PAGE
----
Case Studies

Aika, Get Into (Rabbitry)

16th May 2024

Aika breeds rabbits in her backyard in Barbados. She is a passionate advocate of small-scale farming as a means to fight hunger, especially as food prices soar.

‘I run Kaia’s Rabbitry. It’s a work in progress to bring different meat products to Barbados,’ says Aika, 22. In a context of rising food prices, she’s passionate about the nutritional benefits of rabbit meat – a lean, healthy and sustainable protein – as an alternative to other meats such as chicken and beef.

‘People notice that we’re strapped for food, everything is getting more expensive,’ Aika explains. ‘I honestly hate to see persons go hungry and I just want to share with persons. I want to be able to feed persons.’

As she gradually builds up her backyard business, the animal husbandry skills and commercial knowledge that Aika developed on the Get Into Rabbitry programme are proving crucial.

Resilience and records

‘Before the programme it was really struggling,’ Aika says of her rabbitry. ‘I did agriculture at polytechnic but I did my job placement with goats. I didn’t really have much hands-on experience with rabbits. I knew the theory but not the practice.’

Aika’s first attempts to set up her farm were beset by difficulties, and most of her rabbits succumbed to heatstroke or illness. Discouraged but determined, Aika signed up to the six-week Get Into Rabbitry programme – and started again.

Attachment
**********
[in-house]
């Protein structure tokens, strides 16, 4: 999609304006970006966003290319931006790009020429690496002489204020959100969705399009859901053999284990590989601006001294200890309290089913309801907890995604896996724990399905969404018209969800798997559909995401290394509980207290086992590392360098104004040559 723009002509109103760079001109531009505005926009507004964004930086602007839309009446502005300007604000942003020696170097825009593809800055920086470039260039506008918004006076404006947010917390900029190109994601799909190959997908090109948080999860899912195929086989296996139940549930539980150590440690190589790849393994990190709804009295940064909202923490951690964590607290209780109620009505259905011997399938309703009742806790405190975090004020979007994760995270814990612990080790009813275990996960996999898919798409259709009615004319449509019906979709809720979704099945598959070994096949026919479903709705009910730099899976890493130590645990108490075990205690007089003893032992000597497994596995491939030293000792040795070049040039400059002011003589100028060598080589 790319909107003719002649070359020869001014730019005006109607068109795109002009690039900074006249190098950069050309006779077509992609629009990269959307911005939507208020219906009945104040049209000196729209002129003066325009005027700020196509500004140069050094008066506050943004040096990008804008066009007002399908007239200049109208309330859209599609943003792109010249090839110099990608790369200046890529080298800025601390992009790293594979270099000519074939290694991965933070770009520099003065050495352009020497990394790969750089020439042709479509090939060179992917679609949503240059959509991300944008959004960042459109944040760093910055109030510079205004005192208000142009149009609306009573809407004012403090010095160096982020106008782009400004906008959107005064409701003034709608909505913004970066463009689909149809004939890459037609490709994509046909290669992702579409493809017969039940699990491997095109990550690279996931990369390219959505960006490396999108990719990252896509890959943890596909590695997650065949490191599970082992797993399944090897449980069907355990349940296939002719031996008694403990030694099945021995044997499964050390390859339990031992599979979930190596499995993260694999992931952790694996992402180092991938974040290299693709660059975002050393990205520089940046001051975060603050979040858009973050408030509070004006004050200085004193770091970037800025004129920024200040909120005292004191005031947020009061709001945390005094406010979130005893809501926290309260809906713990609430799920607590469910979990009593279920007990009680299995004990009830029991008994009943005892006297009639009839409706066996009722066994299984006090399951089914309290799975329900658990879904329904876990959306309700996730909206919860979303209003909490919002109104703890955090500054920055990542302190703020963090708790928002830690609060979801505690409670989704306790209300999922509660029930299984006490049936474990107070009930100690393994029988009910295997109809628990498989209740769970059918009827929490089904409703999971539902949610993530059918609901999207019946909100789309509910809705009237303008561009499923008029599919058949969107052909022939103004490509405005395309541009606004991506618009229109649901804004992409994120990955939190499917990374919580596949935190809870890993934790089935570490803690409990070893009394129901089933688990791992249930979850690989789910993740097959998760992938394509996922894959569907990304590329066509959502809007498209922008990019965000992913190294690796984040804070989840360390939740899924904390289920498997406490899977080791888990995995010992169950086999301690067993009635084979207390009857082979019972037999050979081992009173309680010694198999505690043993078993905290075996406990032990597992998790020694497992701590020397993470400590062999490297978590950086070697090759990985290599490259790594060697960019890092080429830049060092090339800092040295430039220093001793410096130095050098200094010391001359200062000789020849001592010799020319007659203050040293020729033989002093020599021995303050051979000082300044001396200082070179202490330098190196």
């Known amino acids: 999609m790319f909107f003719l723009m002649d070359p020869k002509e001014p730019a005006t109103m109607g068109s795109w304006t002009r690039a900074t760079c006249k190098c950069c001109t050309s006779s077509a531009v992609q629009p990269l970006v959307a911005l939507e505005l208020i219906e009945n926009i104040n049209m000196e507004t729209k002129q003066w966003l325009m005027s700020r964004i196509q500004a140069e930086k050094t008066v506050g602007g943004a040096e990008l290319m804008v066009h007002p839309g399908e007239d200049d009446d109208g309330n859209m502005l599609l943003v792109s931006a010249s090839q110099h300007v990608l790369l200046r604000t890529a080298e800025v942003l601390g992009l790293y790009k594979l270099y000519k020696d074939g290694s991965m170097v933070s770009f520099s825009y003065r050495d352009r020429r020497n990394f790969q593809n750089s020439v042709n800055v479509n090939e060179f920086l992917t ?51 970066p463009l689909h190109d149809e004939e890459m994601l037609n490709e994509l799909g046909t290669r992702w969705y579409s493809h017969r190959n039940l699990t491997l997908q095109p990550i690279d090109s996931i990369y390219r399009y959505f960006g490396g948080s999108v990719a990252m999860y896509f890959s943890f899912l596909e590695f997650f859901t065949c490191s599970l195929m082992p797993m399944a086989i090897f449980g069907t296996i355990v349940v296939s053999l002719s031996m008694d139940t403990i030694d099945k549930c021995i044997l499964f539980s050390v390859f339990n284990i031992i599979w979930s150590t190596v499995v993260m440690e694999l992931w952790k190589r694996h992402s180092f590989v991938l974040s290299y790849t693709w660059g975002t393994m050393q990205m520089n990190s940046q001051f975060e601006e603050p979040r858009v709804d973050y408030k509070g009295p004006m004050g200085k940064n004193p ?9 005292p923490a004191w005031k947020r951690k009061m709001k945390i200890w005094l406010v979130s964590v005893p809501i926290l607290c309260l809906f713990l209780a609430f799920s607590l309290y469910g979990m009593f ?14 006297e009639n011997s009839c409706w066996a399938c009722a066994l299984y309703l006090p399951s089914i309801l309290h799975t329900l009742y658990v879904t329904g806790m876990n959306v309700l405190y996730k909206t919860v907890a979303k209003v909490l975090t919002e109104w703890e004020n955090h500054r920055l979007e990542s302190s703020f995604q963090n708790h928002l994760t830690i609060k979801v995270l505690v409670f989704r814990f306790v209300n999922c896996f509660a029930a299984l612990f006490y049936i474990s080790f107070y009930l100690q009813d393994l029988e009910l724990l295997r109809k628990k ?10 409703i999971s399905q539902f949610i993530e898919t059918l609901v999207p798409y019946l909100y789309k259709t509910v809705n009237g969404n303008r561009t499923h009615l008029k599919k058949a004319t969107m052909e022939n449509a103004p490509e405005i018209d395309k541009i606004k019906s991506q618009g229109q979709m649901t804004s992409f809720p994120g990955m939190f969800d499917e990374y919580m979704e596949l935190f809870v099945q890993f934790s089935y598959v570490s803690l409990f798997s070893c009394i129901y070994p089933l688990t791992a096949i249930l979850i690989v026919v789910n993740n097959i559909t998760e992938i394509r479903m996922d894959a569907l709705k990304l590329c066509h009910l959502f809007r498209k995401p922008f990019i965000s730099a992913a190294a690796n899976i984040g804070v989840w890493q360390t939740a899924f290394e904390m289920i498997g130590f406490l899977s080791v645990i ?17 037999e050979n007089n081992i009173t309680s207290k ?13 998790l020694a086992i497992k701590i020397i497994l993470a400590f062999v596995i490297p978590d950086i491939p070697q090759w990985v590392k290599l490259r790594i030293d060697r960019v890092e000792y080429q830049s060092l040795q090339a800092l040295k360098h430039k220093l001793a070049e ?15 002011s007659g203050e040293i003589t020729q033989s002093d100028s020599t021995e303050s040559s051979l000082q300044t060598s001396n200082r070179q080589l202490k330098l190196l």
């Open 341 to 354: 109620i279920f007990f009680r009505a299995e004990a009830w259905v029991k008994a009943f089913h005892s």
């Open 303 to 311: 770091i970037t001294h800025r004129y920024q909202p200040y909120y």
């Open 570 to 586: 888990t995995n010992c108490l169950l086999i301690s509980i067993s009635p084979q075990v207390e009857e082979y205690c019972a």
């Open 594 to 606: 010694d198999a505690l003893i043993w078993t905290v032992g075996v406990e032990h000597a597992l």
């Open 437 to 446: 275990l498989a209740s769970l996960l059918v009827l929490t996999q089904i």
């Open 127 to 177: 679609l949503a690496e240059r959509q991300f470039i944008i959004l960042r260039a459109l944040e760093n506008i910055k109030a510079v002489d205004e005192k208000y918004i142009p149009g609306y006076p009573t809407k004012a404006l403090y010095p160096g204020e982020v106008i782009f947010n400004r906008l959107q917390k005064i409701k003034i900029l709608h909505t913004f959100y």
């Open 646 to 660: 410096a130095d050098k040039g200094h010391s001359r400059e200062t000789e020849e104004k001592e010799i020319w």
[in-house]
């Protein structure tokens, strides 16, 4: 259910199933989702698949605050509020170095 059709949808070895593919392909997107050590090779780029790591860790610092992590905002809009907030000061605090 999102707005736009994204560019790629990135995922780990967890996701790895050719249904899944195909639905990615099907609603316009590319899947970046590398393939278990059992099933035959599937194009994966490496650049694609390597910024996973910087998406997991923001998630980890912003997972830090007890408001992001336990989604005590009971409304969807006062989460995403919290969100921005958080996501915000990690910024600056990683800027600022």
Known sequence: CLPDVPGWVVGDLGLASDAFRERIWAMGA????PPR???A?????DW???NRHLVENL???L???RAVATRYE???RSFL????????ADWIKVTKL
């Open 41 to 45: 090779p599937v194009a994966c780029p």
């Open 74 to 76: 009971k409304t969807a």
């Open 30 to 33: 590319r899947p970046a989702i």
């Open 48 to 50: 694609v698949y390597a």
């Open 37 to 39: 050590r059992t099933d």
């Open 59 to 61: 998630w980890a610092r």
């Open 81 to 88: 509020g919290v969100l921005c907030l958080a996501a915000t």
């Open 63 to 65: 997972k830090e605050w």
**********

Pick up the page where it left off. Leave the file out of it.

‘Now I’m taking the time to rebuild properly,’ she says. ‘The most useful things I’ve learned have been around managing the rabbits properly, and record keeping. I write down when everything has to happen,’ she explains.

Designed by Prince’s Trust International, the Get Into programme is an introductory sector-specific training course for young people, equipping them to kickstart their careers in particular industries. In Barbados, where it is delivered through the Ministry for Youth, Sports and Community Empowerment, the programme is developing a particular focus on farming. Get Into Rabbitry was the first specialist agriculture course.

Hands-on learning

Aika highlights how the farm visit and practical demonstrations helped build her technical understanding on issues ranging from food types to breeding nests, while the exposure to supermarket buyers opened her eyes to the regulatory framework for commercial sales.

‘We got such in-depth explanations and hands-on situations. It was so educational,’ she recalls. ‘It was good to learn from people with specific experience of a rabbit farm.’

Aika is a passionate advocate of small-scale farming as a way to fight hunger. She particularly values the way the programme connected her with wider farming networks, such as the Youth Farmers of Barbados. Now, as she builds up her own farm, she’s keen to encourage others to give it a try too.

‘I’d like a lot of persons to say we can start farming. Not just rabbits, any farming. You might say land is scarce in Barbados but food is more scarce,’ she explains. ‘If you’ve got just a little space you can raise all the meat you need. If you repeat and recycle it can last you a very long time – you just need to get up and do it.’

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